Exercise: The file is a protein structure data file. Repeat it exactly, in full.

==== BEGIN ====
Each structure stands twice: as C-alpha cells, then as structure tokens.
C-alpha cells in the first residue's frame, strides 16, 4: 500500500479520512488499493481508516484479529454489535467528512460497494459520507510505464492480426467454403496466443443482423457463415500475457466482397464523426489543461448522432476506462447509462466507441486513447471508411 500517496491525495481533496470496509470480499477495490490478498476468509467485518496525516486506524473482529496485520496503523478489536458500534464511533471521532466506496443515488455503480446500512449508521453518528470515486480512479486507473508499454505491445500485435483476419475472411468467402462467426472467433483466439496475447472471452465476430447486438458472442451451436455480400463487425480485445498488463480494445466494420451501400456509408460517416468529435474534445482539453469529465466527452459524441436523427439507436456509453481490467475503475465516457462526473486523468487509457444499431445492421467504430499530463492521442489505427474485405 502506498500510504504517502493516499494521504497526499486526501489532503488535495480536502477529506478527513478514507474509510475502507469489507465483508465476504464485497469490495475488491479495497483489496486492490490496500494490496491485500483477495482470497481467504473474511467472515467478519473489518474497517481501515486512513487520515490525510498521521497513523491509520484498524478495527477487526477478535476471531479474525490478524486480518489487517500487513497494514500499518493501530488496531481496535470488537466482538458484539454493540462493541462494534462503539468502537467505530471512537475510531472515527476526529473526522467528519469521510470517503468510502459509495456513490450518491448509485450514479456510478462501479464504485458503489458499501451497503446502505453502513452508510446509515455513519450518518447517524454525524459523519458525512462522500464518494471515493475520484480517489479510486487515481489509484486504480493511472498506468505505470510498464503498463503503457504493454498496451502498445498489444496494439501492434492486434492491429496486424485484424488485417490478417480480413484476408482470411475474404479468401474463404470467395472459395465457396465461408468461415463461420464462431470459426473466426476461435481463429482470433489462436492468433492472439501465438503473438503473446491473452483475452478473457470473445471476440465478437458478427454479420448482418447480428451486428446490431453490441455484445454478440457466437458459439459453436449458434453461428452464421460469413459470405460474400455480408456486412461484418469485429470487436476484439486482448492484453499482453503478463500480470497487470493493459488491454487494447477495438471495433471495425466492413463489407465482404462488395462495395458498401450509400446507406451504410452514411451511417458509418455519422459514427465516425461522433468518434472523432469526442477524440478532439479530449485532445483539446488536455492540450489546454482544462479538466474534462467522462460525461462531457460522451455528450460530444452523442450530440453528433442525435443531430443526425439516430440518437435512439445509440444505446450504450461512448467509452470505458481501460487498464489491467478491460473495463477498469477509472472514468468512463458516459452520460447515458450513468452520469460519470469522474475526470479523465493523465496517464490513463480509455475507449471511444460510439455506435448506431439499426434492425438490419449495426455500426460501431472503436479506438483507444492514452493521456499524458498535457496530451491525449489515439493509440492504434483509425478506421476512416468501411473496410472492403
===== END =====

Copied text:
Each structure stands twice: as C-alpha cells, then as structure tokens.
C-alpha cells in the first residue's frame, strides 16, 4: 500500500479520512488499493481508516484479529454489535467528512460497494459520507510505464492480426467454403496466443443482423457463415500475457466482397464523426489543461448522432476506462447509462466507441486513447471508411 500517496491525495481533496470496509470480499477495490490478498476468509467485518496525516486506524473482529496485520496503523478489536458500534464511533471521532466506496443515488455503480446500512449508521453518528470515486480512479486507473508499454505491445500485435483476419475472411468467402462467426472467433483466439496475447472471452465476430447486438458472442451451436455480400463487425480485445498488463480494445466494420451501400456509408460517416468529435474534445482539453469529465466527452459524441436523427439507436456509453481490467475503475465516457462526473486523468487509457444499431445492421467504430499530463492521442489505427474485405 502506498500510504504517502493516499494521504497526499486526501489532503488535495480536502477529506478527513478514507474509510475502507469489507465483508465476504464485497469490495475488491479495497483489496486492490490496500494490496491485500483477495482470497481467504473474511467472515467478519473489518474497517481501515486512513487520515490525510498521521497513523491509520484498524478495527477487526477478535476471531479474525490478524486480518489487517500487513497494514500499518493501530488496531481496535470488537466482538458484539454493540462493541462494534462503539468502537467505530471512537475510531472515527476526529473526522467528519469521510470517503468510502459509495456513490450518491448509485450514479456510478462501479464504485458503489458499501451497503446502505453502513452508510446509515455513519450518518447517524454525524459523519458525512462522500464518494471515493475520484480517489479510486487515481489509484486504480493511472498506468505505470510498464503498463503503457504493454498496451502498445498489444496494439501492434492486434492491429496486424485484424488485417490478417480480413484476408482470411475474404479468401474463404470467395472459395465457396465461408468461415463461420464462431470459426473466426476461435481463429482470433489462436492468433492472439501465438503473438503473446491473452483475452478473457470473445471476440465478437458478427454479420448482418447480428451486428446490431453490441455484445454478440457466437458459439459453436449458434453461428452464421460469413459470405460474400455480408456486412461484418469485429470487436476484439486482448492484453499482453503478463500480470497487470493493459488491454487494447477495438471495433471495425466492413463489407465482404462488395462495395458498401450509400446507406451504410452514411451511417458509418455519422459514427465516425461522433468518434472523432469526442477524440478532439479530449485532445483539446488536455492540450489546454482544462479538466474534462467522462460525461462531457460522451455528450460530444452523442450530440453528433442525435443531430443526425439516430440518437435512439445509440444505446450504450461512448467509452470505458481501460487498464489491467478491460473495463477498469477509472472514468468512463458516459452520460447515458450513468452520469460519470469522474475526470479523465493523465496517464490513463480509455475507449471511444460510439455506435448506431439499426434492425438490419449495426455500426460501431472503436479506438483507444492514452493521456499524458498535457496530451491525449489515439493509440492504434483509425478506421476512416468501411473496410472492403